These function attributes are supported by the AVR back end:
On the AVR, the hardware globally disables interrupts when an
interrupt is executed. The first instruction of an interrupt handler
declared with this attribute is a
SEI instruction to
re-enable interrupts. See also the
signal function attribute
that does not insert a
SEI instruction. If both
interrupt are specified for the same function,
is silently ignored.
asmstatements can safely be included in naked functions (see Basic Asm). While using extended
asmor a mixture of basic
asmand C code may appear to work, they cannot be depended upon to work reliably and are not supported.
OS_taskattribute do not save/restore any call-saved register in their prologue/epilogue.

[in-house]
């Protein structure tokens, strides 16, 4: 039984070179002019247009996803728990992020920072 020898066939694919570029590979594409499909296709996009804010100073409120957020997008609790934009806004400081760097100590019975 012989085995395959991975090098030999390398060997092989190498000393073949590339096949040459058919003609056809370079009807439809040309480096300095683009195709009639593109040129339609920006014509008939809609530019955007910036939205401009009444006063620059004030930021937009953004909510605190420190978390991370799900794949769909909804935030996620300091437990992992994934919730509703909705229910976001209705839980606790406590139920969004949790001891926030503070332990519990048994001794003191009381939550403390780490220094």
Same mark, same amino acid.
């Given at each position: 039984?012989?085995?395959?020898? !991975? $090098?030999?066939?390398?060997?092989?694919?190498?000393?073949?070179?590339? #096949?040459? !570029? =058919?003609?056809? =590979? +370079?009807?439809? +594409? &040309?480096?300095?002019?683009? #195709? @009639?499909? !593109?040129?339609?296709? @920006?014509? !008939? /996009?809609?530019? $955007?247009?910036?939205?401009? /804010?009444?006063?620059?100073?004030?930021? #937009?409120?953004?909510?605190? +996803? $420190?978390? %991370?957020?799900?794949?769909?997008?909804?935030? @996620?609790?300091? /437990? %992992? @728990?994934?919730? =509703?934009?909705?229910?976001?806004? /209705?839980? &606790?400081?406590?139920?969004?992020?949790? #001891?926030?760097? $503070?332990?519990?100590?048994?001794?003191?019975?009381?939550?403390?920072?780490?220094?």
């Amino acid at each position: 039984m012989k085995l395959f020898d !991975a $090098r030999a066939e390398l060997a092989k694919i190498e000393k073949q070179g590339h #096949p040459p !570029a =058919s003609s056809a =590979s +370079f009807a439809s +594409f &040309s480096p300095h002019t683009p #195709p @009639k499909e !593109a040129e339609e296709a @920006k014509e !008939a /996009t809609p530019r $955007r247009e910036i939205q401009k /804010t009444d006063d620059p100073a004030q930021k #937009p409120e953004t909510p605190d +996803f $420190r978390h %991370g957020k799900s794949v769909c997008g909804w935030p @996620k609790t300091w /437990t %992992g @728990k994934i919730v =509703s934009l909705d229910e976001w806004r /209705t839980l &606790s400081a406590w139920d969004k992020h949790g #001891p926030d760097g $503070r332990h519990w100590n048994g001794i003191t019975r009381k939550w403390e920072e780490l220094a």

OS_main attribute can be used when there is
guarantee that interrupts are disabled at the time when the function
is entered. This saves resources when the stack pointer has to be
changed to set up a frame for local variables.
OS_task attribute can be used when there is no
guarantee that interrupts are disabled at that time when the function
is entered like for, e.g. task functions in a multi-threading operating
system. In that case, changing the stack pointer register is
guarded by save/clear/restore of the global interrupt enable flag.
The differences to the
naked function attribute are:
nakedfunctions do not have a return instruction whereas
OS_taskfunctions have a
nakedfunctions do not set up a frame for local variables or a frame pointer whereas
OS_taskdo this as needed.
See also the
interrupt function attribute.
The AVR hardware globally disables interrupts when an interrupt is executed.
Interrupt handler functions defined with the
do not re-enable interrupts. It is save to enable interrupts in a
signal handler. This “save” only applies to the code
generated by the compiler and not to the IRQ layout of the
application which is responsibility of the application.
interrupt are specified for the same
signal is silently ignored.